Well, last time I blogged I made a mention of the weather being a sunny 19 degrees. The rain in Spain doesn’t stay mainly on the plain, and it snows in Spain without prejudice as well.
After Sevilla, we continued our Moorish adventure to Cordoba, an hour away by the high-speed AVE train. Cordoba is a small city which was once the favourite city of the Moorish ruler, and hence he decided Cordoba was the place where he was to build the Mesquita, the most elaborate and beautiful mosque in the western world.
It also helped, or didn’t help depending on who you talk to, that once the Catholics took over they ripped out the middle and built a magnificent cathedral. But it’s largely known to most for its thousands of red and white striped arches of which I took a few dozen photos in the hope that one will look vaguely artistic.
Of course, due to those three kings, the Mesquita shut its doors on the day we arrived, as did the vast majority of the town. We were left to walk its streets in the pouring rain, but the place really is lovely, we could easily see that. The Roman bridge was also a highlight, as were the dozens of little houses adorned with blue and white pottery all over their facades. As we missed Sevilla’s alcazar we made sure we got in to Cordoba’s, which didn’t disappoint. A definite lowlight was its paella. No more paella for us, we got the message.
We did get to the Mesquita the next day, before heading down the road to Granada. Along the way we saw towns flooded and a number of farmers wading through waist-deep water to get to their crops. Granada however, whilst still rainy, seemed to have spared the worst.
We stayed at one of those perfect little hostels in an apartment building, run by a little Spanish guy called Victor who pointed out to us all the places to go, things to see and most importantly, food to eat. With the help of his recommendations, I was treated to flaming chorizo in brandy, gazpacho, Spanish lasagne and the best of Granada’s free tapas. Yep, no paying for tapas in Granada, just buy a beer and a plate of the house speciality will be plonked in front of you.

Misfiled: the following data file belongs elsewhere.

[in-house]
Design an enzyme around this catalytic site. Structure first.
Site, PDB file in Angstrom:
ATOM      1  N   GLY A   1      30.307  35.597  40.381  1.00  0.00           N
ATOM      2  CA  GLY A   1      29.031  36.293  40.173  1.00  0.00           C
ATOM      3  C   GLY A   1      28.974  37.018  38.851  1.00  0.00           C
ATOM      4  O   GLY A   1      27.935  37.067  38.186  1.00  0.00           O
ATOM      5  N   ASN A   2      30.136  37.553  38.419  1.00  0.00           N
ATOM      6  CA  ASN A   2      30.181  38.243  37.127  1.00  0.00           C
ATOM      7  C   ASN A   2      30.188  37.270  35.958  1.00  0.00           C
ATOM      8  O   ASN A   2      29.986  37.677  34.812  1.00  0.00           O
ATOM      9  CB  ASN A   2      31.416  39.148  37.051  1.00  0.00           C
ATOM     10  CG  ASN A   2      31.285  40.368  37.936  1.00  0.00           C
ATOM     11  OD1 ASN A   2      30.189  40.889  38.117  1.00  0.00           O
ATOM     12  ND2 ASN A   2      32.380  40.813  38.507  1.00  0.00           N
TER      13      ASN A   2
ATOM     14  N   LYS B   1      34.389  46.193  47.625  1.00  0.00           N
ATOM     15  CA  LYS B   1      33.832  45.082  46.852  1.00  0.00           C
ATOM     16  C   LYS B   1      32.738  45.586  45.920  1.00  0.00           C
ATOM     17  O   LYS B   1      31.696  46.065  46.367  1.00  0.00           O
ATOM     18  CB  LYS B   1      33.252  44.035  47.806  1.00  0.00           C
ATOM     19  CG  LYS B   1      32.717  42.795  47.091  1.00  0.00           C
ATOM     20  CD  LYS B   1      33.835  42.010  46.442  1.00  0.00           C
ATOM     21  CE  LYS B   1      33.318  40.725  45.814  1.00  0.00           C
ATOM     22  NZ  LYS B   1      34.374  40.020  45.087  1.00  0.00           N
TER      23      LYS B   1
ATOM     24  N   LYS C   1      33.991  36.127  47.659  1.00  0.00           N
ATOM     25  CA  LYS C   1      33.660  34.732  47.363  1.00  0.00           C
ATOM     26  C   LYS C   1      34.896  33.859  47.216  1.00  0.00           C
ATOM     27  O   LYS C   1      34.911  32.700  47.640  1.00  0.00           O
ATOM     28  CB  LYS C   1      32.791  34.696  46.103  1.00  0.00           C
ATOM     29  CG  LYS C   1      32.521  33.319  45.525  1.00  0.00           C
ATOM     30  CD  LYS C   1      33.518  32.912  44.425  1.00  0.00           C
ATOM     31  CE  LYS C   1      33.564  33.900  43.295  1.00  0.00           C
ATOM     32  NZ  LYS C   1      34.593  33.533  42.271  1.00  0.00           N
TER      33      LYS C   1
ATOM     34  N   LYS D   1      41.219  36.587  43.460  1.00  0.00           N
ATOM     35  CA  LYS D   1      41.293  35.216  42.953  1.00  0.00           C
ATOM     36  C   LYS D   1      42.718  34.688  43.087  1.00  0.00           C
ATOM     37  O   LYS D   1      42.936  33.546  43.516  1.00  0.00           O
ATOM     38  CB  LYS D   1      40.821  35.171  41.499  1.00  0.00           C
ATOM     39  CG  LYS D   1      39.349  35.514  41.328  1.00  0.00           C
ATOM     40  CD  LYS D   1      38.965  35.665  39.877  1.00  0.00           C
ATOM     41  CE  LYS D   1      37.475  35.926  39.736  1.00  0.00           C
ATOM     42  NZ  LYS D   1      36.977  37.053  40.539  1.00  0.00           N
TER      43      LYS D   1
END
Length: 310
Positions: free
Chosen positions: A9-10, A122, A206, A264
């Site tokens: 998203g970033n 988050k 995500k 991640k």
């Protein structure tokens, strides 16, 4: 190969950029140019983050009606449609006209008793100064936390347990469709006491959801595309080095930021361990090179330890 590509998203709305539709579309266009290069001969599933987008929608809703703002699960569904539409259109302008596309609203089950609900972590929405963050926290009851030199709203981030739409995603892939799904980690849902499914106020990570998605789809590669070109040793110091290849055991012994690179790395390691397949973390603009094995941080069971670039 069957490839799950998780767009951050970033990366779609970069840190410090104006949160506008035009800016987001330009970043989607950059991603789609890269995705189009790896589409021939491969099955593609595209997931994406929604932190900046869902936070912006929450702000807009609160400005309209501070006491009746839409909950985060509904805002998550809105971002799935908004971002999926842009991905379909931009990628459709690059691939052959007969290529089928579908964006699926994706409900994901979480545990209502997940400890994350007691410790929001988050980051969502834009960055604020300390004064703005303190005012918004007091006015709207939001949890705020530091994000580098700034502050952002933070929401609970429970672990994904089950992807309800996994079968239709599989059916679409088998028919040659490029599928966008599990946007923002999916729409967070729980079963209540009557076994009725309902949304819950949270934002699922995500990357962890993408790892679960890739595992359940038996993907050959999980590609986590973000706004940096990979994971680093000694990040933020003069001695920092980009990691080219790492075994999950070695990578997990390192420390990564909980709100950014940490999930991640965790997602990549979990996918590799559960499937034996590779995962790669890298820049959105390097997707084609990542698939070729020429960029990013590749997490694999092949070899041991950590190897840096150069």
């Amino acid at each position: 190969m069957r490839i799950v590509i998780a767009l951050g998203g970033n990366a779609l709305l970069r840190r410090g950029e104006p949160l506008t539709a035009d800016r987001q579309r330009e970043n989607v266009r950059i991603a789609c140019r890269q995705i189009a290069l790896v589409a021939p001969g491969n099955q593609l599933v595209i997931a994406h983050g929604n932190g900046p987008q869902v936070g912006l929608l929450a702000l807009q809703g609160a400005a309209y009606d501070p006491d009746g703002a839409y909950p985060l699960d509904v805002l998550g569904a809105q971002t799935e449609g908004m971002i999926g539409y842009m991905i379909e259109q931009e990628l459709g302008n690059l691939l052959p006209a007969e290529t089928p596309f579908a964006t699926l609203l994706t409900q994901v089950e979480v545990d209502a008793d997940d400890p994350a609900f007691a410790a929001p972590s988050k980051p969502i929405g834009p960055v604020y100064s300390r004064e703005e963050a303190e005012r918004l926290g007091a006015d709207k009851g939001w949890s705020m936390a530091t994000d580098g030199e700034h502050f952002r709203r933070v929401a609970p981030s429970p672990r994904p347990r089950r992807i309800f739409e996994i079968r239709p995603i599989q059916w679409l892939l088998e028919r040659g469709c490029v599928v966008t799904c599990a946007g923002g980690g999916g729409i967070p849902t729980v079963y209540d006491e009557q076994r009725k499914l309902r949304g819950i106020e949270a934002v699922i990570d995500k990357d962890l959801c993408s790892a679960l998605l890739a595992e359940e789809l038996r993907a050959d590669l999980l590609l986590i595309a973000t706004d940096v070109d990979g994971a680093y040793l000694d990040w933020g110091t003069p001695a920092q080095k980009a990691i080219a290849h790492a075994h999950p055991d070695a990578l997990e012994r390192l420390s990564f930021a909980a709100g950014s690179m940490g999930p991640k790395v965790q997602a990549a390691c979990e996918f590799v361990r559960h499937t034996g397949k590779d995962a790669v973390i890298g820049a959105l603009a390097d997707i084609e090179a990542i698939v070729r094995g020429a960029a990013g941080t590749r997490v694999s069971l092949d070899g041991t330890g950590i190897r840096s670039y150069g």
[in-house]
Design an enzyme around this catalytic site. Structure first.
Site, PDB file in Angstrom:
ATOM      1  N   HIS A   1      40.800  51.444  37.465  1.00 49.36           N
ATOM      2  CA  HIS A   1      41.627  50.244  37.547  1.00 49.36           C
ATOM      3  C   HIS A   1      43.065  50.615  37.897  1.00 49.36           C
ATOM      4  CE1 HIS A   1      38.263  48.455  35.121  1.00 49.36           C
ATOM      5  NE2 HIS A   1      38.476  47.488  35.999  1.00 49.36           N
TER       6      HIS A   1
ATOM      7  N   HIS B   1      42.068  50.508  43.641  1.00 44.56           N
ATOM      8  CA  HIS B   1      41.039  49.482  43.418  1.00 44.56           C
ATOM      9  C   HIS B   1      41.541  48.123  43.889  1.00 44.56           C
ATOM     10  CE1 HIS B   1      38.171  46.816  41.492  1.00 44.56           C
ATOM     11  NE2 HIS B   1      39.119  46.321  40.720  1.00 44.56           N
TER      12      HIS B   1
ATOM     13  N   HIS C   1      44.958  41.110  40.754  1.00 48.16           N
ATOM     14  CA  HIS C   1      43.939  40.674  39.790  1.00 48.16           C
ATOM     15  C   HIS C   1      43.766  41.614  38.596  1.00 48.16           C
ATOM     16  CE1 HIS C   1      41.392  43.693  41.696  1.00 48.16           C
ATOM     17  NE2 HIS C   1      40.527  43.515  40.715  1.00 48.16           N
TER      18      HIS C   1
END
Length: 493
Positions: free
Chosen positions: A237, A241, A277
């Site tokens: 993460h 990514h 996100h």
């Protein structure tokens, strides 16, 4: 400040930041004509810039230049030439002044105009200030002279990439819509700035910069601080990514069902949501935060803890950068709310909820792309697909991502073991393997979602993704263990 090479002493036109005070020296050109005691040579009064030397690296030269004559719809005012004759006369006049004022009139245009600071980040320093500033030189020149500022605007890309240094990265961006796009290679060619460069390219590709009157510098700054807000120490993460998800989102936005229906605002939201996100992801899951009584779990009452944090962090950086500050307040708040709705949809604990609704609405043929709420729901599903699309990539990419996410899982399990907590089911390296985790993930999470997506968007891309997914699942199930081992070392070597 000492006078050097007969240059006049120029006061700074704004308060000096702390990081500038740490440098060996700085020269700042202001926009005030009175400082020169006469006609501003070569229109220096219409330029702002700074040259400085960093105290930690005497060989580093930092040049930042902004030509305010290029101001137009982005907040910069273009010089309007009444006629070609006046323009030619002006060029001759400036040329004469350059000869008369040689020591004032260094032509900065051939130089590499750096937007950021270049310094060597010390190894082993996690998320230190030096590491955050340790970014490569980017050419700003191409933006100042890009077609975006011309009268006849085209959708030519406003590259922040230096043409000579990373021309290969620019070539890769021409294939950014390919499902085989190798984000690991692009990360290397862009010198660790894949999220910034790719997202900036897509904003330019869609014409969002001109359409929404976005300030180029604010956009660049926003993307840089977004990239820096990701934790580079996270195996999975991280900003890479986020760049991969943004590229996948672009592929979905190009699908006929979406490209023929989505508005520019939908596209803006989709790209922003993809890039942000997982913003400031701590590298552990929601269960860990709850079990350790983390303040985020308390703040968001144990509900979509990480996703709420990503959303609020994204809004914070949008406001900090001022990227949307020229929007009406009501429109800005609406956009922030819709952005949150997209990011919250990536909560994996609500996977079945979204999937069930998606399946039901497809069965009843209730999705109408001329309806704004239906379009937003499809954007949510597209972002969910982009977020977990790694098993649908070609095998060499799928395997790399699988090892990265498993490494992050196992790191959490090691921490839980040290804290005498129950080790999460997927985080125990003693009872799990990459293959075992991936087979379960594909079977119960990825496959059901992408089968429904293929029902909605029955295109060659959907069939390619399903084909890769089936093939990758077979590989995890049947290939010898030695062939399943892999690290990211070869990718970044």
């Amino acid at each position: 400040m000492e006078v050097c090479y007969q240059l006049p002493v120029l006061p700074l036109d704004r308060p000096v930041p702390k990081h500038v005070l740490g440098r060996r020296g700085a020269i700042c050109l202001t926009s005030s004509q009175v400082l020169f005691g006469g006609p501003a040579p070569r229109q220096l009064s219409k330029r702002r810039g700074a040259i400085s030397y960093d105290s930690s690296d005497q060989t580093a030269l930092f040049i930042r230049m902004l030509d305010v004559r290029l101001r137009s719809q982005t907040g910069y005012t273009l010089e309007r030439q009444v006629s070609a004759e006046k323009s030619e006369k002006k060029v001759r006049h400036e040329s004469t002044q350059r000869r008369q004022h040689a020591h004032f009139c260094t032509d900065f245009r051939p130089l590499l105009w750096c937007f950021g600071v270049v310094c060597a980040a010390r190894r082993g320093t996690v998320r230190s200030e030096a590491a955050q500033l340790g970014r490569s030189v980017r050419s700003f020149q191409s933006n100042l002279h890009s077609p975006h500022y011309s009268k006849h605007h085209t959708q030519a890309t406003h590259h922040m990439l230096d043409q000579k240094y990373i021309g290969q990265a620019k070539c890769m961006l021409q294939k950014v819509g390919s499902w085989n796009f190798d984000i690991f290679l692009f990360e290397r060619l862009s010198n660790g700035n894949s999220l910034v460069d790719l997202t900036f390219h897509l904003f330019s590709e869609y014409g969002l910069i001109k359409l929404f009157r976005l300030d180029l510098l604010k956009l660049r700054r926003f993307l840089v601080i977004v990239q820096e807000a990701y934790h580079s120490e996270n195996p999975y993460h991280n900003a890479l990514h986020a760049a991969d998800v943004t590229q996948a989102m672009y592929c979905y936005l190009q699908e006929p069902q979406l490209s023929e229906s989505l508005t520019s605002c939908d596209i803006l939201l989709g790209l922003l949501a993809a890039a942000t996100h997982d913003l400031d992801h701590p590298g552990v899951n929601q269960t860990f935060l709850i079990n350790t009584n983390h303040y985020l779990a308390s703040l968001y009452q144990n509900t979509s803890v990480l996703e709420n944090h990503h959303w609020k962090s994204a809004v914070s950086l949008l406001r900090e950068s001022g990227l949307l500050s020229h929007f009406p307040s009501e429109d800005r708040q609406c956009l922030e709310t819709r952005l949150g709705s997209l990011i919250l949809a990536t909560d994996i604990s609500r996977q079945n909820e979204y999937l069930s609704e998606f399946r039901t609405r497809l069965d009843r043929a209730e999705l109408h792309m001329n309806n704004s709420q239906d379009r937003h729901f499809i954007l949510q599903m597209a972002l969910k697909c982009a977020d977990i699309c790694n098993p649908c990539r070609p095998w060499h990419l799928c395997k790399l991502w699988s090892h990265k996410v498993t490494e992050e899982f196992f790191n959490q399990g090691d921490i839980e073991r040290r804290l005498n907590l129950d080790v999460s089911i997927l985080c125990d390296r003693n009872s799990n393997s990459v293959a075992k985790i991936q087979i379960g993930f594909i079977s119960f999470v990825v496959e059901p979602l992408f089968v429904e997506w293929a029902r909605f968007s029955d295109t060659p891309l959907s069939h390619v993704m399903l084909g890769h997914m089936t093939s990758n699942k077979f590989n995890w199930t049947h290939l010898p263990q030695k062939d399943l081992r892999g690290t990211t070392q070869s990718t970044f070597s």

Granada is of course home to the Alhumbra, up there with the list of wonders of the world. Whilst Sevilla, Cordoba and the rest of Spain had fallen to the Catholics, the Arabs held on to Granada until 1492, which turned out to be a pretty good year for Spain. The Alhumbra is perched on a hill looking over the city, and we spent a good half-day exploring its palaces, gardens and castles. It really is a must-do and I totally recommend coming in the winter, where the hordes of tourists are at a bit more of a bearable level.
The snow came that afternoon, when we were busy exploring the old Arab disctrict on the town’s other hill. Here, it wasn’t just the children who were amazed by what was falling from the sky. Yep, there we were in southern Spain and it was snowing. I seem to be a bit of a snow magnet, after my experiences in Shanghai.
Luckily it didn’t follow us to Malaga, down on the coast, where the temperature was a respectable 14 degrees. Here the Spanish continued to be amazed, this time at the sight of a bright-white Dutchman walking around in a tshirt.